3- Climb the tallest mountain (aka was going to be her bed, but she made a last minute decision that we needed to climb down staircase mountain) to help the spiders (round magnets) solve addition problems using their sticky spiderweb (was going to be a magnetic white board, but I couldn’t find ours so we just used one of our dollar store cookie sheets)

After completing the three activities, we located the secret tupperware full of desperate animals waiting for our help. And then- and only then- was our mission complete.

Don’t these animals look like they need to be rescued?
I included the pdf so you can share this addition mission with your kiddos! The pdf also has some additional ideas in case your child is begging for more math! Ha!!

We also read Loreen Leedy’s book Mission Addition. It’s a cute book- although it is geared more for the elementary aged child.

I hope you and your child will have as much fun with your mission to addition as we did!
Happy Teaching!

Number Day Plans and Free Printables

In just two days is the start of a new month, and the perfect opportunity to start a new learning goal. A couple years ago I taught my daughter her alphabet with a month of special letter days and activities (read more about that here). We did the same for her colors. It is time to do it again- this time with numbers!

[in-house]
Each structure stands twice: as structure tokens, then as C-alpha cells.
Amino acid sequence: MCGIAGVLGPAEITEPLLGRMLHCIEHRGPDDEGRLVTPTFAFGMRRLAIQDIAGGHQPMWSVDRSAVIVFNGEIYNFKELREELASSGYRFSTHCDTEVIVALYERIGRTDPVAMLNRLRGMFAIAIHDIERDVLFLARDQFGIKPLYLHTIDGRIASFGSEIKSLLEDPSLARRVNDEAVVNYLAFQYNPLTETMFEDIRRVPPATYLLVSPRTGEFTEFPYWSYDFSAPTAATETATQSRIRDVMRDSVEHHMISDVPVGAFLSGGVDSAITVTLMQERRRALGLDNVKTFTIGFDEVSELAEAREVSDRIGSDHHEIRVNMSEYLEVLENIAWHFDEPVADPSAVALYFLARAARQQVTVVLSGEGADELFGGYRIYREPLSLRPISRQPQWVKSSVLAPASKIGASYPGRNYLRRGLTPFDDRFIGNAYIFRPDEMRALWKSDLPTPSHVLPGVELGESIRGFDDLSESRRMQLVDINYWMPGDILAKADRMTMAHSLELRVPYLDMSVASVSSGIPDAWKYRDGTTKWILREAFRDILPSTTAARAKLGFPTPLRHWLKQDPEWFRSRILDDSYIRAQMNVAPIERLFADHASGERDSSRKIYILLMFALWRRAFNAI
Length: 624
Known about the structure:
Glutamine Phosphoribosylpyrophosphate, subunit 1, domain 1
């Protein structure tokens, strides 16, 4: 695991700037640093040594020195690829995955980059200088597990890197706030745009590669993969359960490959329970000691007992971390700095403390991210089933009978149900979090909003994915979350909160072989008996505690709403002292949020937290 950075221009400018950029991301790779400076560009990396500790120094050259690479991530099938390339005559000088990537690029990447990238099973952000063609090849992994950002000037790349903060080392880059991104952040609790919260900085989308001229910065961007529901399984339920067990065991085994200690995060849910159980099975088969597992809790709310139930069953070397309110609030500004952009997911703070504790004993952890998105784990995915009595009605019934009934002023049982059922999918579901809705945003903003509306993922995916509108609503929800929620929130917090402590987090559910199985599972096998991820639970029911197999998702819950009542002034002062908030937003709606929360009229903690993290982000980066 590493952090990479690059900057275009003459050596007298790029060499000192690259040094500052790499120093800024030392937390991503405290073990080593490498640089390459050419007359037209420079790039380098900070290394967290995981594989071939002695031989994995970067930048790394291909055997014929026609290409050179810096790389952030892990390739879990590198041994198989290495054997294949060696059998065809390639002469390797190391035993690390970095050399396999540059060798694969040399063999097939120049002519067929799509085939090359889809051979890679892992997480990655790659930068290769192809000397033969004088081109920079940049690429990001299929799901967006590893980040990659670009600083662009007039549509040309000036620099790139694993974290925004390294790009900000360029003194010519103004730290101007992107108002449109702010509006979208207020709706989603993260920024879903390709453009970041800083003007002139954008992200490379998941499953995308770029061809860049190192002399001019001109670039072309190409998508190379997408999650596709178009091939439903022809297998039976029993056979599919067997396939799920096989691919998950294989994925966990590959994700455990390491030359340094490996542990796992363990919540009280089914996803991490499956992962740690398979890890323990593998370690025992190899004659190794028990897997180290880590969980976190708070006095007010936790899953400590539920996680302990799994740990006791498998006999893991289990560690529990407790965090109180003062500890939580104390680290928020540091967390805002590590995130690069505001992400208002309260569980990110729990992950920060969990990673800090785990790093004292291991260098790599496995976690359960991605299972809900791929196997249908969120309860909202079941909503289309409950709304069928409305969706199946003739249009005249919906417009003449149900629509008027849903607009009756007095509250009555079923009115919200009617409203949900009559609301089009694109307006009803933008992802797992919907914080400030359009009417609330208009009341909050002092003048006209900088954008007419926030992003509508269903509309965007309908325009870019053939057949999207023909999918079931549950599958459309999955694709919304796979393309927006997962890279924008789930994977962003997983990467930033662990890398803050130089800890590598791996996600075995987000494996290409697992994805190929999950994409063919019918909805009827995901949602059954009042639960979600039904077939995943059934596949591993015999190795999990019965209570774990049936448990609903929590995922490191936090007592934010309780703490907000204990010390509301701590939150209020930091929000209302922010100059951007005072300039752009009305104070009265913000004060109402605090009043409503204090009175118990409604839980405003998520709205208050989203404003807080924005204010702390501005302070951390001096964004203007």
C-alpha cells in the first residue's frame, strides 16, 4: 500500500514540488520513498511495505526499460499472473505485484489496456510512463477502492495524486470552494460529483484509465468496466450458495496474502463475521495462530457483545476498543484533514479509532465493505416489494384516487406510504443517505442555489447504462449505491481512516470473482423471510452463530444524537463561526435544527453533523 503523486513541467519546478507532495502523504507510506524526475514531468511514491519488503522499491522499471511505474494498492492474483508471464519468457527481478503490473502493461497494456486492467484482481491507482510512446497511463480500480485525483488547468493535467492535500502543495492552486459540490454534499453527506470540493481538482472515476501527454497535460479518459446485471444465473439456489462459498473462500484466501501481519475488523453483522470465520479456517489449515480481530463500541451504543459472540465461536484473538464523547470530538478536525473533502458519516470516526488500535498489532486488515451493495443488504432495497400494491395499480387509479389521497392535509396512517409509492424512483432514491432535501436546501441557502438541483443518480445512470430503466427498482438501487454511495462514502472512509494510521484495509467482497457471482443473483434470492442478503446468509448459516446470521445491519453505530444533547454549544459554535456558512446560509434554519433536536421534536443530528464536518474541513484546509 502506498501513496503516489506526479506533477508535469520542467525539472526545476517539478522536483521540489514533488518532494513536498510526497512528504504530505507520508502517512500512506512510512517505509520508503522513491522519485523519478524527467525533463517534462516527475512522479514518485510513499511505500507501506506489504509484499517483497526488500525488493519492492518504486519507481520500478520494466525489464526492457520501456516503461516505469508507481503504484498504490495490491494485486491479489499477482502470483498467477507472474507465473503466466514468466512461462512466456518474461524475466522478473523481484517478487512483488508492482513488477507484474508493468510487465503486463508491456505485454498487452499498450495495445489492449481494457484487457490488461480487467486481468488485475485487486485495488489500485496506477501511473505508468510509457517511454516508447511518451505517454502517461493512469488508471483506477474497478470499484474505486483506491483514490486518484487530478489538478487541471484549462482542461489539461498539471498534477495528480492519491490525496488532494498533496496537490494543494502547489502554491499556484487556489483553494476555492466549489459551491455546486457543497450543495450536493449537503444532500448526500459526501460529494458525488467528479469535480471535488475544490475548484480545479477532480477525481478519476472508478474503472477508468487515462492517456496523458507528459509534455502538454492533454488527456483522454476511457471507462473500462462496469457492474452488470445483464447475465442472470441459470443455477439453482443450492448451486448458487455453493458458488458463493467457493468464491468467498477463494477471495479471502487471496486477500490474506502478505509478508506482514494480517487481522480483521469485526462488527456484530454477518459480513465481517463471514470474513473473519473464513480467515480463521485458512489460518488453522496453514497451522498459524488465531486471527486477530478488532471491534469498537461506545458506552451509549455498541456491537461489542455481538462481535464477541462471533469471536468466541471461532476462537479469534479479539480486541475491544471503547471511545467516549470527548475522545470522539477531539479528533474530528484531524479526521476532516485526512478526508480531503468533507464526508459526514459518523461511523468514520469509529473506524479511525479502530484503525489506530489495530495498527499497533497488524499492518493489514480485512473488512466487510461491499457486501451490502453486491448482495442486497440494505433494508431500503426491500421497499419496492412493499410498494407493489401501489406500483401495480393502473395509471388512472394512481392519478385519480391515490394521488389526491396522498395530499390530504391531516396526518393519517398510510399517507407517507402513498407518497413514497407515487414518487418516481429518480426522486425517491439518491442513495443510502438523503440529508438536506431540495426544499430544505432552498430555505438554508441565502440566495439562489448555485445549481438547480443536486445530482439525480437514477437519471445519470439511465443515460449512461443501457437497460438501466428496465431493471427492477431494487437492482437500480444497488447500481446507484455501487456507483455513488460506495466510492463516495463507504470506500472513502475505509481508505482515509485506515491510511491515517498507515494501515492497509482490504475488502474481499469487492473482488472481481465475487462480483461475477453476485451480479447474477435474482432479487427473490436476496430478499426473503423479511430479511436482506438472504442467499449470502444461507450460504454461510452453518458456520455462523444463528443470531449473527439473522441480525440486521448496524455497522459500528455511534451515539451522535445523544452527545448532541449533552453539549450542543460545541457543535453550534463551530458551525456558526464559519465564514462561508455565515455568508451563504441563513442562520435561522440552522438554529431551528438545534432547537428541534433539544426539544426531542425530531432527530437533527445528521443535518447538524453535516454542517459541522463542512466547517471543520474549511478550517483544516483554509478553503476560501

Each number will have it’s own day. On August 31, I will teach my Boo about the number 0. Why the 31st? Because September 1 marks the day we will learn about number 1… and I wanted to integrate learning numbers on a calendar. It just made more sense to me!
On my wiki I have a number book cover and number pages 0-30 that you are free to download and use. The activity page is simple- the number of the day is found on the top. There are 6 activities on each page. The first two activities are tracing and writing the number. The third activity is stamping… I have a bunch of number stamps my Boo will use. The next activity is self explanatory.. trace the number word. (We are doing a lot of tracing these days, can you tell?) The “show the number” activity is where my kiddo will show me the number using objects (stickers, stamps, squiggly lines, dots, etc) The last thing on the page is finding and circling the number of the day on the good ole number line!

click here to see all the number pages to download